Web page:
Jennifer Hunold’s acrylic and graphite piece, for example, depicts a desert setting including a large expanse of sky, tiny telephone lines and desert sands of colorful stripes. In Jessica Evett-Miller’s photo, taken in Iceland, a red blanket intrudes on desolate land, prompting thoughts about our relationship with the natural world.
Edward Basta’s “Mike’s Country Auto” imagines a roadside scene from 40 or 50 years ago. The piece, done in miniature and positioned against a wooded background, was made entirely from found objects such as scraps of wood and toy-set signs. “Mike’s Country Auto” evokes the past but isn’t an exercise in reminiscing. It references the pace of change in our society and asks a fundamental question: How much attention do we pay to changes happening on roadsides and elsewhere?
"Butterfly Harp" by Sara DiDonato.
Other perspectives emerge as well. Barbara Page’s oil painting, “Down Draft H2,” looks at a sprawling countryside from the viewpoint of a flyer, showing the geometry of land seen from a cockpit.
Kate Timm, meanwhile, travels no farther than her home. In another of her exterior/interior pieces, she juxtaposes a kitchen table, full of tomato sandwiches, potato chips, plants and other objects, with the scene outside. She embellishes and enhances the objects on the table, making them seem anything but ordinary.
Finally, a photo by John Mannion and Sean Hovemdick offers an open-ended narrative. The image depicts an Alpo tower, apparently part of an industrial complex, a security fence, and two men dressed in protective gear and seemingly ready to deal with a chemical spill or bio-weapon hazard. What the men are up to and why isn’t clear, and we can only speculate about what’s going on within the photo.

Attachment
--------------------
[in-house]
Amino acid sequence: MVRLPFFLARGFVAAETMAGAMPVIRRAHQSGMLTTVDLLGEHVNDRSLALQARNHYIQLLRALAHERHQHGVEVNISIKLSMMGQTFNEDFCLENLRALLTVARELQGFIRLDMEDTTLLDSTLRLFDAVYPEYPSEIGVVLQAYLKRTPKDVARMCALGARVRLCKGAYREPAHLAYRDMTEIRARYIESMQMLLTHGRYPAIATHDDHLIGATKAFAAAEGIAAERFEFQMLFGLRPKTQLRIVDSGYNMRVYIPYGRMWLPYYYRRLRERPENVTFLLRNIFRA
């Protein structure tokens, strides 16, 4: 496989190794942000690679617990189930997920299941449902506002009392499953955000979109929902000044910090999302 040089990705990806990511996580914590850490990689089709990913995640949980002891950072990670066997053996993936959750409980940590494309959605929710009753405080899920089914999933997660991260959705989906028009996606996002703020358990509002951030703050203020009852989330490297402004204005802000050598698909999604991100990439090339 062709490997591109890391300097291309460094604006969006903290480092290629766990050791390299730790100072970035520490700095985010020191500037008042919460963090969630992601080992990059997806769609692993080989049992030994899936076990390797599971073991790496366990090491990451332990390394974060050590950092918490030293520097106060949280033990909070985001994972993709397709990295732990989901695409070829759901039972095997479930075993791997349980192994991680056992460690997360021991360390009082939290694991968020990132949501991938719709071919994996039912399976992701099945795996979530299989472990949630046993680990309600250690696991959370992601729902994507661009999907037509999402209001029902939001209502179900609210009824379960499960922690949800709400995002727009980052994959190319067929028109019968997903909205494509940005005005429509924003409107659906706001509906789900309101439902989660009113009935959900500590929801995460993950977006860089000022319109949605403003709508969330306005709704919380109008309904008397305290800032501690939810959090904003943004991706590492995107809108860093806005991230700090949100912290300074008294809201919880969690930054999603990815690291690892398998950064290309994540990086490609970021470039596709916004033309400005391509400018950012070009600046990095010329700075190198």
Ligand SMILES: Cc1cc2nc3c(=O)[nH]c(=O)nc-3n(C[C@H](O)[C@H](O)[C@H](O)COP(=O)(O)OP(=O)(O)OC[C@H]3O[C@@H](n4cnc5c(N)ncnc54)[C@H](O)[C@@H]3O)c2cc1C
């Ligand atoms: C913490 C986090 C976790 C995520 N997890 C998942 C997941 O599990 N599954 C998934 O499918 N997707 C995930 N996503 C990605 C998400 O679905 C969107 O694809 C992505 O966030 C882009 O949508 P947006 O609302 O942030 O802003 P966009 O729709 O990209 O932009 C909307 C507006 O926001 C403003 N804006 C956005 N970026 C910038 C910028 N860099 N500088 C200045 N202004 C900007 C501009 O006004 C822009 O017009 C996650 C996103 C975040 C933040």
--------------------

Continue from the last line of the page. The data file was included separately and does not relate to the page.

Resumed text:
Made in New York 2008 has other noteworthy pieces on display. In her charcoal-and-pastel work, “Lament,” Susan D’Amato skillfully explores light and darkness; it’s one of the best artworks in the exhibition. Don’t miss David Higgins’ three-panel work, “Garage with Hostas,” or John Fitzsimmons’ large oil, “Once It Was.”
Although Made in New York 2008 doesn’t present many sculptures, check out Karen Johns Zarzecki’s alabaster work, a visually delightful piece. And in “Adaptation,” Lori Mills shows that it’s possible to play off a basic notion and create a fine piece of art. She’s made a bird’s nest overflowing with so many eggs that no bird or pair of birds can take care of them. Mills hints at the idea of scarce resources and also shows an exquisite touch with ceramics.
The exhibit has noteworthy works that don’t fit into a particular category. Carrie Will’s photos depict herself and her twin sister; Joe Bigley’s “Examen,” which surrounds a television screen with material made from straw, sand and clay. And Neil Chowdhury’s photo montages deal with contemporary life in India. He encompasses both traditional culture and Western influences such as McDonald’s restaurants.
Seen as a whole, the exhibit draws from various genres, presents some works linked thematically and has no problem showcasing a few artworks. A large show must offer both variety and individual works that catch and hold viewers’ attention. Made in New York 2008 meets those criteria and is on a par with past versions of the annual show.
Made in New York 2008 is on display through Aug. 23 at the Schweinfurth Memorial Art Center, 205 Genesee St., Auburn. The gallery is open Tuesdays to Saturdays, 10 a.m. to 4 p.m., and Sundays, 1 to 5 p.m. For more information, call 255-1553.